Teen trends mark tomorrow’s future

Teen trends mark tomorrow’s future

What is the future of email given the proliferation of other forms of electronic communication?

Graeme McInnes, Tivoli product manager, suggests email may well be dead within ten years as today’s teens move into the workforce.

“If you look at the early technology adopters — teenagers — you get a very good picture of the trends that are coming,” he says.

Instant messaging (IM), says McInnes, combines voice, video and text, making it a far richer medium than email. He confesses to using IM far more often than email and says that’s the norm within IBM, both in New Zealand and globally.

“You also have to wonder what sort of devices will be used in ten years’ time. I doubt very much that it will be PCs. The BlackBerry device is a good example of the future.”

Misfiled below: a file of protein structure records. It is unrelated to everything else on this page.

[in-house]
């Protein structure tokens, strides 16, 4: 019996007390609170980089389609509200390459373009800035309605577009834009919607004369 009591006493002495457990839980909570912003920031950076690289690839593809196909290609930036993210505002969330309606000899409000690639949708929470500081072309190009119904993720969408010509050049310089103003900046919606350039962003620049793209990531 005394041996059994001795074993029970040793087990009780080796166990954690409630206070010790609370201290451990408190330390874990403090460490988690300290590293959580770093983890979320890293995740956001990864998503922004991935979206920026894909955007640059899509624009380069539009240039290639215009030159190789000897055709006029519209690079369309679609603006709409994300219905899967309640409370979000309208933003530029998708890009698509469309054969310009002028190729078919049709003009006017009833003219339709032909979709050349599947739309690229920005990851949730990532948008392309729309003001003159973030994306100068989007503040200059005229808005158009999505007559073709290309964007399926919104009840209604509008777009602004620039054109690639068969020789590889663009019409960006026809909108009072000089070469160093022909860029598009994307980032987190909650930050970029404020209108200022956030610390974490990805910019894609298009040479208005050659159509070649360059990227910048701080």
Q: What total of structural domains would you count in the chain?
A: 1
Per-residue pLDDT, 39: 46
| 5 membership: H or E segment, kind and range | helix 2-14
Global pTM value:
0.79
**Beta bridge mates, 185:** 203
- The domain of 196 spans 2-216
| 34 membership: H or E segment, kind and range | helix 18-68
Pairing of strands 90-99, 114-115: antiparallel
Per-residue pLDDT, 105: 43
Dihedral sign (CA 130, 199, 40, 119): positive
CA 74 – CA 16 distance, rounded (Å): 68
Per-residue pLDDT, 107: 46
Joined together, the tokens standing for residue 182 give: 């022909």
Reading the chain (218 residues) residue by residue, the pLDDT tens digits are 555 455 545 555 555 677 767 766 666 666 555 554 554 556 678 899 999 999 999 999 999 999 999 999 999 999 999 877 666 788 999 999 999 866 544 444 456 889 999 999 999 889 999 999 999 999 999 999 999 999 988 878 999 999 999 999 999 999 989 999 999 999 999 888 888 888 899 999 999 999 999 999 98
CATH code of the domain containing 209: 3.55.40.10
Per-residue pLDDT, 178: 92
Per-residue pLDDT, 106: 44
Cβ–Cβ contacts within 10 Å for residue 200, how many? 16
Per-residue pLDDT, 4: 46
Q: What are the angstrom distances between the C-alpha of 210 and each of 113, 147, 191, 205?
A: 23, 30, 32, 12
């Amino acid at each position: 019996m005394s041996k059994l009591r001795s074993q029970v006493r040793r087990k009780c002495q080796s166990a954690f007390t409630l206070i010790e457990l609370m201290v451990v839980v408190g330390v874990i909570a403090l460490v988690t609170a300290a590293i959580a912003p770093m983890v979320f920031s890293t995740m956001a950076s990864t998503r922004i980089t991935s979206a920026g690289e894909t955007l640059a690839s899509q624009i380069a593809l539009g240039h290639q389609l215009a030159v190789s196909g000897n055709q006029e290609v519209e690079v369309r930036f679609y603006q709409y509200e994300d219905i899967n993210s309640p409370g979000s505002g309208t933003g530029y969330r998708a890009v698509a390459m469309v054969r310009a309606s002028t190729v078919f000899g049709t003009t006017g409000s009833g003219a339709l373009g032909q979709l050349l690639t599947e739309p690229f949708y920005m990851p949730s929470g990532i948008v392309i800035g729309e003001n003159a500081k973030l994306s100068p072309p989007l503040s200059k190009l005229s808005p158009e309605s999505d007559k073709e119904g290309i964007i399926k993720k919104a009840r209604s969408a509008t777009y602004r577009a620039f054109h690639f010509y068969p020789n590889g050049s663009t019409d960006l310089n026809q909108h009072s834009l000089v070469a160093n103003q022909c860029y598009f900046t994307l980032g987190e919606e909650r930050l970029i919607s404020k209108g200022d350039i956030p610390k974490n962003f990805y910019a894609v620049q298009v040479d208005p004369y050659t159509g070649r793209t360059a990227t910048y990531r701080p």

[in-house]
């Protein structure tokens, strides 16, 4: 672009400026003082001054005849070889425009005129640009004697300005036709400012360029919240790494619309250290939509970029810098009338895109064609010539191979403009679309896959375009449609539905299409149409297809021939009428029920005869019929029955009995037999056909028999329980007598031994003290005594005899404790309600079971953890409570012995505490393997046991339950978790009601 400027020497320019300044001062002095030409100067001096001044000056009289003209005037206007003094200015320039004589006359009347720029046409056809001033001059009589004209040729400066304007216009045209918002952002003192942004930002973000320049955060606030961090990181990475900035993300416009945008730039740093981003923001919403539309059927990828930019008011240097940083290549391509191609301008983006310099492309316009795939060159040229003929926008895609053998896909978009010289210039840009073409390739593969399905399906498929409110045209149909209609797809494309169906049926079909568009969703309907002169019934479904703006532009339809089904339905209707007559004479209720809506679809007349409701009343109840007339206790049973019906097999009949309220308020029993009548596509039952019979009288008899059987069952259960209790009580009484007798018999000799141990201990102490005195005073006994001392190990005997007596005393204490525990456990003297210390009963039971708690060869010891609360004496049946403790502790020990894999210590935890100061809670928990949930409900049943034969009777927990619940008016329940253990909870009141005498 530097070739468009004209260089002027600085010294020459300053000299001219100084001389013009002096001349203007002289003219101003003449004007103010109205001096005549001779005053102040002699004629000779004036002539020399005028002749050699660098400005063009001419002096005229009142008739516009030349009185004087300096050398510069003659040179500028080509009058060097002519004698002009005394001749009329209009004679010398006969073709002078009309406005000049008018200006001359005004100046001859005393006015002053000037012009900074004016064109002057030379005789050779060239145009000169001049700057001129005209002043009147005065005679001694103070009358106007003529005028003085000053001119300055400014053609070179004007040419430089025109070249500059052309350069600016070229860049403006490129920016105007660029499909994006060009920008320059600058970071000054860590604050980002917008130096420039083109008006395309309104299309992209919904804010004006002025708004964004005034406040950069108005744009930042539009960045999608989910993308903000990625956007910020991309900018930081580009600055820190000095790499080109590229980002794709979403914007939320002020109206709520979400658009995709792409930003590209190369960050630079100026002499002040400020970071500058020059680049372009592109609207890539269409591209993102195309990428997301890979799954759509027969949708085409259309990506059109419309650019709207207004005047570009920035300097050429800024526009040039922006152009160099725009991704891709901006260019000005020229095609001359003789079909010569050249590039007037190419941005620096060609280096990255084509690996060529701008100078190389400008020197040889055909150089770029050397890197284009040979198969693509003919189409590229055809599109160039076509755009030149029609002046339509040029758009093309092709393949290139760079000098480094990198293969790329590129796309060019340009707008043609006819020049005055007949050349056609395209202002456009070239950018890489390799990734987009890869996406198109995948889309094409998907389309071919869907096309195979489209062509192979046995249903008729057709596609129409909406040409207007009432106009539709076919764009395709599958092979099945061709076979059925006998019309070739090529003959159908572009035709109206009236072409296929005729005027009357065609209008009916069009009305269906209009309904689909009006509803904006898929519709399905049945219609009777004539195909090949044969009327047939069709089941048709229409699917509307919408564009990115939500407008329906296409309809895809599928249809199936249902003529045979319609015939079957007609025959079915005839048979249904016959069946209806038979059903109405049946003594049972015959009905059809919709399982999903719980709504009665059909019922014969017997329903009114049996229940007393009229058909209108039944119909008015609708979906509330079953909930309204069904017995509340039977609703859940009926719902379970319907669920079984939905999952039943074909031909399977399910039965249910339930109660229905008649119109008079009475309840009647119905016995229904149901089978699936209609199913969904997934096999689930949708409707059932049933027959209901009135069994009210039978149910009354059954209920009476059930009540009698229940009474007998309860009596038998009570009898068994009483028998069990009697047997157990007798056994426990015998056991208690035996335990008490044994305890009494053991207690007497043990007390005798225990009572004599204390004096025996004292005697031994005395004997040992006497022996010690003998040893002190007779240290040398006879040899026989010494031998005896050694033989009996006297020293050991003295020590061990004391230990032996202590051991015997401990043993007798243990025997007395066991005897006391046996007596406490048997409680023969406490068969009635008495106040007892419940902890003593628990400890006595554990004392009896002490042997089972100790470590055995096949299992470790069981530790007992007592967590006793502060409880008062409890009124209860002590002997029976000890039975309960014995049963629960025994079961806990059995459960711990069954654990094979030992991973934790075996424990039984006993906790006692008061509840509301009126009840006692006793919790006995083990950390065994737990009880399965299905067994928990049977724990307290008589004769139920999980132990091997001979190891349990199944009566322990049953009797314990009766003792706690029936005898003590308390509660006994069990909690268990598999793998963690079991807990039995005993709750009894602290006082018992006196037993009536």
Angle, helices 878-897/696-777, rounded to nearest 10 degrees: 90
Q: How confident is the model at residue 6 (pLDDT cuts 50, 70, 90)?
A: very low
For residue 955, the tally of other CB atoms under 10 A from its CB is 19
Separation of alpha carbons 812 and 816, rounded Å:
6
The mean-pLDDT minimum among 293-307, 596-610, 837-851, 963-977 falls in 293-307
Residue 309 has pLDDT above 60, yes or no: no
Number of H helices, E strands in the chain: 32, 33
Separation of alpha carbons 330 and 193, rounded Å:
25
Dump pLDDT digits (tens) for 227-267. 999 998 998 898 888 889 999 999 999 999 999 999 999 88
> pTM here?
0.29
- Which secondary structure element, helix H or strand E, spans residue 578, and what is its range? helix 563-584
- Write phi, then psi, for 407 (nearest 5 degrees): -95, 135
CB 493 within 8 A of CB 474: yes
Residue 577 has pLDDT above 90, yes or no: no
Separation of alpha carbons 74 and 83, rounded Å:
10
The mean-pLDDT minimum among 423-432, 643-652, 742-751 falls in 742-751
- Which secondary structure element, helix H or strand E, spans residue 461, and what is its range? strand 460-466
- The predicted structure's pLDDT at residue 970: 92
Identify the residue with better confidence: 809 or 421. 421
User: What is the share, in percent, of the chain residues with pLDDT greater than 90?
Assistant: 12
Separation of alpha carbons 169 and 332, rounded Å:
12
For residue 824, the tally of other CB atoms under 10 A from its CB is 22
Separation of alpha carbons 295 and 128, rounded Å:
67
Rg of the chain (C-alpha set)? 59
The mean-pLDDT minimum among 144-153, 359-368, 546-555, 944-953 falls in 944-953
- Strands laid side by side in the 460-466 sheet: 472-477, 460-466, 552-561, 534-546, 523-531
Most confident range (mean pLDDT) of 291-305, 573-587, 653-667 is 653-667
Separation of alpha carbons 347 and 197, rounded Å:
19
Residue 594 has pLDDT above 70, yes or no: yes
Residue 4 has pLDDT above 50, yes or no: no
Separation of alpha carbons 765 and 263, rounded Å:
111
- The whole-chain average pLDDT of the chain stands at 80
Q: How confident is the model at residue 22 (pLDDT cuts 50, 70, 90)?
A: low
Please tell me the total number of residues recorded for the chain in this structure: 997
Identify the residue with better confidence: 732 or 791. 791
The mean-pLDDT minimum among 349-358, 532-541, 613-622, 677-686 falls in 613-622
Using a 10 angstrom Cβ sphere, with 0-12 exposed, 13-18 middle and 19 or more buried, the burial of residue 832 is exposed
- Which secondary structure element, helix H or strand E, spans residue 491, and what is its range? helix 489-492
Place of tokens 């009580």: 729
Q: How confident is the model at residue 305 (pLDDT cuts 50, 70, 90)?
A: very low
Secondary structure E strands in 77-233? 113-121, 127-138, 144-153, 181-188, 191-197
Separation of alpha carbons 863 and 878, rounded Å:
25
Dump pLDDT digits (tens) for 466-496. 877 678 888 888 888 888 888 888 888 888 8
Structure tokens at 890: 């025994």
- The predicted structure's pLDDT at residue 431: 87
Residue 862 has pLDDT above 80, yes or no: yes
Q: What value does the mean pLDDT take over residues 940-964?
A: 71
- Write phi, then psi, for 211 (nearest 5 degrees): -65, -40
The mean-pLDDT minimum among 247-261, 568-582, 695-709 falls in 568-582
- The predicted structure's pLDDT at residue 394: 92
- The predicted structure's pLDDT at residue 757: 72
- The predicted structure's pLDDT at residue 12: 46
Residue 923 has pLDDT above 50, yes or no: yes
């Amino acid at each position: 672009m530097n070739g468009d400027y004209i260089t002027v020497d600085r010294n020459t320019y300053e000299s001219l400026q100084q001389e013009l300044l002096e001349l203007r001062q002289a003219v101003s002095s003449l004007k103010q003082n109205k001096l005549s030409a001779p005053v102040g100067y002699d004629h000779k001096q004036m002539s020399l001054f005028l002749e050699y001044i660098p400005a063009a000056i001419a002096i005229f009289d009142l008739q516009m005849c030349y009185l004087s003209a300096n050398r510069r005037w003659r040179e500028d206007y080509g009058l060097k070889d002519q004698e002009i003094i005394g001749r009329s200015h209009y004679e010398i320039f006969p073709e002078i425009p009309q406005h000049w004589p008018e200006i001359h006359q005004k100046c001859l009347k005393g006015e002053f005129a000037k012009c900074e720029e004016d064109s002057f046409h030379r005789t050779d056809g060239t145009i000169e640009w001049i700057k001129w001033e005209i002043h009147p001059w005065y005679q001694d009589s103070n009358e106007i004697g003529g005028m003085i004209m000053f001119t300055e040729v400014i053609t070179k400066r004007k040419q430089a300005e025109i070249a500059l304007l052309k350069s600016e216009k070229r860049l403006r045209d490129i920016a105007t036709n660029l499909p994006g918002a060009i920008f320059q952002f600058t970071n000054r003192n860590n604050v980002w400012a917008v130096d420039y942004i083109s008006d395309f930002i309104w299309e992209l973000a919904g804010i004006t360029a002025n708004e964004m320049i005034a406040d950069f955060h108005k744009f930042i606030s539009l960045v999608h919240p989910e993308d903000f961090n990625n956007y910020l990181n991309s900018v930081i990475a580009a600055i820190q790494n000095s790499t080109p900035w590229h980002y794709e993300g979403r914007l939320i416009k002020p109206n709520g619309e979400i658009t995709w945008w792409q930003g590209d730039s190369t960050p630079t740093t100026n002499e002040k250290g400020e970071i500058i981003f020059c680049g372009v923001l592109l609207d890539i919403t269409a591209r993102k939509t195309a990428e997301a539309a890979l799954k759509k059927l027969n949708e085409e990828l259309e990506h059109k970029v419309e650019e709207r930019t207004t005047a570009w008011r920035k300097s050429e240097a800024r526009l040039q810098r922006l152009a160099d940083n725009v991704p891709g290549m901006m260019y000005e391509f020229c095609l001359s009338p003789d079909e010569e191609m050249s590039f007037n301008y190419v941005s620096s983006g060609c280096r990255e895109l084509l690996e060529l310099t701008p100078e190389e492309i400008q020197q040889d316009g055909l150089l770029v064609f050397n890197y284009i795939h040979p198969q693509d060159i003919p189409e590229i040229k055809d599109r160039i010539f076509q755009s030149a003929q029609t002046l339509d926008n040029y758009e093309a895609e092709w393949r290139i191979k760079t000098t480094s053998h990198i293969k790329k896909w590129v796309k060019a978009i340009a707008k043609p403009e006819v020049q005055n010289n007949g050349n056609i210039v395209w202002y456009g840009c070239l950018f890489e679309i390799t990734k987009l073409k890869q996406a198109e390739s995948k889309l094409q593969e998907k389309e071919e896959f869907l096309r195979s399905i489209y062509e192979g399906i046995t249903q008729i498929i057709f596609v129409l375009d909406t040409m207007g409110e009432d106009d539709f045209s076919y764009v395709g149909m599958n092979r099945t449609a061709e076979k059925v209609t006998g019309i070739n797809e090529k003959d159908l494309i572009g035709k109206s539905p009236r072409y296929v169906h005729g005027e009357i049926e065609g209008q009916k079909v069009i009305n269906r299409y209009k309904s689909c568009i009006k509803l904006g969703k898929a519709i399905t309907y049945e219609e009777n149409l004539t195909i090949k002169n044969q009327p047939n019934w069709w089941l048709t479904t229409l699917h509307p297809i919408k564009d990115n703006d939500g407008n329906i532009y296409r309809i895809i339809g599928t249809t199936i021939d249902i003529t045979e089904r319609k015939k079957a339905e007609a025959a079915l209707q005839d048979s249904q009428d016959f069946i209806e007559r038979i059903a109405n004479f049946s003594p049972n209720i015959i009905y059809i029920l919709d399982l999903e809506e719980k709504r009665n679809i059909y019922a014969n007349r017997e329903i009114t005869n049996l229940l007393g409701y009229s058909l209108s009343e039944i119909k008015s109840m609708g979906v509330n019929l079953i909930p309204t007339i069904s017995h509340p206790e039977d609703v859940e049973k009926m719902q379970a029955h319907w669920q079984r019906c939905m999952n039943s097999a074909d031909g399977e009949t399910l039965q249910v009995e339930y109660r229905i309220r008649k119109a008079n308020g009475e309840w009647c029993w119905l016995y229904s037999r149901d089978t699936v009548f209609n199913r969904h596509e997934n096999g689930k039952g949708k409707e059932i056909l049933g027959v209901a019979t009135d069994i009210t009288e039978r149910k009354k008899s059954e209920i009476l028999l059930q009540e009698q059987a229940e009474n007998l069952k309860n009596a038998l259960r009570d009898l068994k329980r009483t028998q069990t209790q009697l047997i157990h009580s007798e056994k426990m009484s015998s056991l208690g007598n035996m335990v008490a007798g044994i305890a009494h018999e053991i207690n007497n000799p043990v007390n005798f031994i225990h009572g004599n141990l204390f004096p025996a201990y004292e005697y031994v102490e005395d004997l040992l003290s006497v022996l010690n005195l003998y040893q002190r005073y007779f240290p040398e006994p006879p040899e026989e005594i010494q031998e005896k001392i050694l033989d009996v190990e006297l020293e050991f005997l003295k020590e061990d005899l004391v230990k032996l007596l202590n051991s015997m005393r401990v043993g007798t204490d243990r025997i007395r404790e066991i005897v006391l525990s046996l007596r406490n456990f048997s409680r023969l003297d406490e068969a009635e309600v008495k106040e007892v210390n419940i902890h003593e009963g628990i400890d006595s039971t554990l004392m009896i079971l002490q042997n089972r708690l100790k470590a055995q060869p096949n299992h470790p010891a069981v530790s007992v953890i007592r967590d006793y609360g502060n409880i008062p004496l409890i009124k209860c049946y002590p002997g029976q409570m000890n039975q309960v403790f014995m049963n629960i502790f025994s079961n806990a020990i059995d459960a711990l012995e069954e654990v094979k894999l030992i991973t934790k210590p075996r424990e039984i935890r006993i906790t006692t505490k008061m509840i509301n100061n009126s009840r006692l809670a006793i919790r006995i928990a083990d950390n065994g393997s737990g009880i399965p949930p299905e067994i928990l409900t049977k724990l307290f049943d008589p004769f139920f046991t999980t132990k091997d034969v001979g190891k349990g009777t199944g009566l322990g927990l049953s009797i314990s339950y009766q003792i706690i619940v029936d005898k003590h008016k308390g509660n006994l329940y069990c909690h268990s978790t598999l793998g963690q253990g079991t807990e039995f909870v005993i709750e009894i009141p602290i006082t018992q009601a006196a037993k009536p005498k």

Rather than sounding the death knell for email, McInnes says it’s merely that people are changing the way they work and business has to adapt.

The answer, says McInnes, is content management by stealth and Tivoli has products to help. He defines content management — often confused with information lifecycle management — as looking inside stored data.

“Partners can use Tivoli tools to solve current problems in the knowledge that the system won’t have to be replaced in three years because it’s outdated.”

For instance, the Public Records Act requires that government and local body agencies have to be able to manage all electronic records. That means the systems must be able to handle any form of electronic message, says McInnes.

“How do you define text? Even partners in Invercargill should be out knocking on the door of their council asking what they have in place for this.”

However, he warns it can be difficult to sell content management in the small to medium market. “Compliance isn’t really an effective sales tool. SME buying is driven by reduction of cost and complexity.”

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